April 2, 2016
2427 UNITED KINGDOM (England) - Birmingham
Located in West Midlands, Birmingham is the largest and most populous British city outside London. A medium-sized market town in the medieval period, it grew to international prominence in the 18th century at the heart of the Midlands Enlightenment and subsequent Industrial Revolution, which saw the town at the forefront of worldwide advances in science, technology and economic development. By 1791 it was being hailed as "the first manufacturing town in the world".
Perhaps the most important invention in British history, the industrial steam engine, was invented in Birmingham. The high level of social mobility also fostered a culture of broad-based political radicalism, that was to give it a political influence unparalleled in Britain outside London, and a pivotal role in the development of British democracy. Between 1940 and 1943, the city was bombed heavily by the Luftwaffe, and the damage done led to extensive demolition and redevelopment in subsequent decades.
Birmingham is home to five universities, and in 2011 had 78,259 full-time students resident in the city, more than any other city in the UK outside London. University of Birmingham received its royal charter in 1900 as a successor to Queen's College and Mason Science College, making it the first red brick university to receive its own royal charter. Gas Street Basin is a canal basin in the centre of the city, where the Worcester and Birmingham Canal meets the BCN Main Line.
Yardley is an area in east Birmingham, which has a Tudor hall called Blakesley Hall and an old church, St Edburgha's, that dates back to the 13th century, with the church tower and spire dating to the 15th century. The Botanical Gardens, designed in 1829 by J. C. Loudon, are four glasshouses which range from the exotic Tropical glasshouse, through to the Subtropical, Mediterranean and Arid houses. Overall, the character is that of a Victorian public park.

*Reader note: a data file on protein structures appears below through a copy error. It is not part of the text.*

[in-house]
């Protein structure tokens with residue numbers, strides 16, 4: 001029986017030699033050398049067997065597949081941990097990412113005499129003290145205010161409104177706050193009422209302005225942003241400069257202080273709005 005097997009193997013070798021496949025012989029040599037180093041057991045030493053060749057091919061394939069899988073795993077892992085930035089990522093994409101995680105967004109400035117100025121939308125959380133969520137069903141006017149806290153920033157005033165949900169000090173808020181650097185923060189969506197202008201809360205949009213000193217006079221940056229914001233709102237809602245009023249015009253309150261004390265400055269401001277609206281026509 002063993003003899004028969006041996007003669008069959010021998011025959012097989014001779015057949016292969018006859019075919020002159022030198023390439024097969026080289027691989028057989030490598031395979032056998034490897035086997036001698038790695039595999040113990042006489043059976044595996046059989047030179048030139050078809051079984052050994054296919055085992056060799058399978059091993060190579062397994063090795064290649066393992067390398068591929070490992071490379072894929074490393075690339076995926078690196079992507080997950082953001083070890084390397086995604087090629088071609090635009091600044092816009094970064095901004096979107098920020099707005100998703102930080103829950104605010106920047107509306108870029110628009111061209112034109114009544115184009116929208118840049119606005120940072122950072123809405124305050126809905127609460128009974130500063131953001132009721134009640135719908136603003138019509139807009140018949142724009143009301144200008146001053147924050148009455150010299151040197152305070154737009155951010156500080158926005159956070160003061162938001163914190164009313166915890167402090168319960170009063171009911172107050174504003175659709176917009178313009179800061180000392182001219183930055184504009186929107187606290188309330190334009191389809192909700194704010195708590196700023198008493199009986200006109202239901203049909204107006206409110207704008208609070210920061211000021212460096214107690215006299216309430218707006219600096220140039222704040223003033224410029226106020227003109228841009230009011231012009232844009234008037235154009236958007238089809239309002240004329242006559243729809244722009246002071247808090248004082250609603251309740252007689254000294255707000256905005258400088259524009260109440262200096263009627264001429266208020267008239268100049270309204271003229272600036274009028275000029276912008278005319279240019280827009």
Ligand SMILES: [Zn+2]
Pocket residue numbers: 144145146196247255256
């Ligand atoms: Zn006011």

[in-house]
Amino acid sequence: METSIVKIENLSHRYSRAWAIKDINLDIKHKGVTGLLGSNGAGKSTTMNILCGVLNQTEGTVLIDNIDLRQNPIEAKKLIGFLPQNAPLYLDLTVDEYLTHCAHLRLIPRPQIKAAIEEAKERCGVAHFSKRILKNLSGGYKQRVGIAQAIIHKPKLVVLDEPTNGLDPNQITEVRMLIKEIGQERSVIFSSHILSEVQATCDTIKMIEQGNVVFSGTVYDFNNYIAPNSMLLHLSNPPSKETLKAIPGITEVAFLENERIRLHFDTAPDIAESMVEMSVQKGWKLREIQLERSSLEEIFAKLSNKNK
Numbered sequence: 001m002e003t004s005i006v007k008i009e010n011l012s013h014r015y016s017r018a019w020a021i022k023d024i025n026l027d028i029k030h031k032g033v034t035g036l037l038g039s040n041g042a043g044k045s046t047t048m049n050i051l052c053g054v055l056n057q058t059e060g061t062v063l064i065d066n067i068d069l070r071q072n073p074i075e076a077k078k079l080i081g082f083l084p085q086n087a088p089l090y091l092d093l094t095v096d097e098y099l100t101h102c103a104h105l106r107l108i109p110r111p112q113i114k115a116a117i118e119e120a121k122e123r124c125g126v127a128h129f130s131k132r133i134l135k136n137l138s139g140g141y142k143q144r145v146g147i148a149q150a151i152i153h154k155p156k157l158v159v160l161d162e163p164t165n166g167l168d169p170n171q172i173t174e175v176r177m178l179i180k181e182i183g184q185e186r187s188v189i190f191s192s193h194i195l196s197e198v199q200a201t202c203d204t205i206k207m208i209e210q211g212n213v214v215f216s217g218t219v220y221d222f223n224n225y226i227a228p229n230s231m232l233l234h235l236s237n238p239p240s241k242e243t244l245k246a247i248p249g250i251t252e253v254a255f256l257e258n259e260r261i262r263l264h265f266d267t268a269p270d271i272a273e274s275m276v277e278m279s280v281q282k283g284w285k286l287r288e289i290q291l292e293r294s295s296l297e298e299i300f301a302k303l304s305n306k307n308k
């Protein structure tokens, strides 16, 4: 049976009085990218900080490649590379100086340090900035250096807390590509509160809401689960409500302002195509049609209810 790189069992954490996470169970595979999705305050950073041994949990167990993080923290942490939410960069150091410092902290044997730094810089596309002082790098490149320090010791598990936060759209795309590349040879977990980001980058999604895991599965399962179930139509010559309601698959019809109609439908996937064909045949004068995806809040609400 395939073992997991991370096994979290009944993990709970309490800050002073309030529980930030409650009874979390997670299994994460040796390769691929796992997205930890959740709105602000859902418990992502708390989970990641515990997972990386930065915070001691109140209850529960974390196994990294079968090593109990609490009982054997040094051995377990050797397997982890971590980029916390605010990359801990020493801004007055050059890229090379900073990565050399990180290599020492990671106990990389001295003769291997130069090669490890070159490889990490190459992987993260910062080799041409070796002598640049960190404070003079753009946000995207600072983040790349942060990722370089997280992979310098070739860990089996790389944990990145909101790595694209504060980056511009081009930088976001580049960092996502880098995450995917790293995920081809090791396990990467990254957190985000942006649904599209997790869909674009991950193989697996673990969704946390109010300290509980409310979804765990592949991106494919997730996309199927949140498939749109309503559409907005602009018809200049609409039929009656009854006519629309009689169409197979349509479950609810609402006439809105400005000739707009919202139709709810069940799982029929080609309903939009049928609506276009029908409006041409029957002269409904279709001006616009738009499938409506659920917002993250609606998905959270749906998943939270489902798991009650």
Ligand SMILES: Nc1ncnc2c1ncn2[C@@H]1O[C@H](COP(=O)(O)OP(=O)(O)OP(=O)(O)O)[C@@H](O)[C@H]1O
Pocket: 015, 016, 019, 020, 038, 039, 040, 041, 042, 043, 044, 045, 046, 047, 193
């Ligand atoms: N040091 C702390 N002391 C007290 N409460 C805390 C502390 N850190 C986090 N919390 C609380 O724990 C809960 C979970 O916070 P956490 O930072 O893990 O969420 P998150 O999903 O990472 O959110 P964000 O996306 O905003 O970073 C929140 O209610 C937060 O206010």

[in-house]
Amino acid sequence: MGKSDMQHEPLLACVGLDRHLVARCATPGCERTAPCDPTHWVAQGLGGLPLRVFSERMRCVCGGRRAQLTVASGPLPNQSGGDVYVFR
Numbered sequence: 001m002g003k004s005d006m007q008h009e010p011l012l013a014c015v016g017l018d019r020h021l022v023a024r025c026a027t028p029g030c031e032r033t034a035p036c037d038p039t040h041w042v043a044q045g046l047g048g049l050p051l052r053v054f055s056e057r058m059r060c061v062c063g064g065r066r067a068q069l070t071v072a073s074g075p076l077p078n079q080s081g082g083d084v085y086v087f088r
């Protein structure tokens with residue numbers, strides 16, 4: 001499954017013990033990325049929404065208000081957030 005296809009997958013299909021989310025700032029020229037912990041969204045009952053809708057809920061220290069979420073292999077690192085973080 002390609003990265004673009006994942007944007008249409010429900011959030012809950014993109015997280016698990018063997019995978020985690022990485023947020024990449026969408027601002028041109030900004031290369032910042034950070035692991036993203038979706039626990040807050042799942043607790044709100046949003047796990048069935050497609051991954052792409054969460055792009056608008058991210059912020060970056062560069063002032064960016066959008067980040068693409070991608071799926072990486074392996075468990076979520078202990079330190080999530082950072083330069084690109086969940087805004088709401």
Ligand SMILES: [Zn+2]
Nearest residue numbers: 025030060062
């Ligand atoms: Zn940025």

Bournville is a model village on the south side of Birmingham, best known for its connections with the Cadbury family and chocolate. Bournville Rest House was built to celebrate the Silver Wedding Anniversary of George and Elizabeth Cadbury, and was paid for by the employees of Cadbury Brothers Ltd. The design is by William Alexander Harvey, and is based on the 17th century Yarn Market in Dunster, Somerset. Currently, the building houses the Visitors Centre for the Carillon.
Selly Manor is a timber cruck-framed, dating back to at least 1327. Originally the manor house of the village off Bournbrook in Worcestershire, it was relocated to the nearby Bournville district in the early 20th century. Together with the adjacent Minworth Greaves, it is operated as a museum and venue for functions including weddings. It houses the Laurence Cadbury furniture collection. The building was much altered during its history, and the three gabled bays are each from a different date.
About the stamp
The stamp is part of the definitive series issued in 2011, about which I wrote here.
Birmingham - Wikipedia
Sender: Jeni & George Dragoman
Sent from Birmingham (England / United Kingdom), on 09.12.2011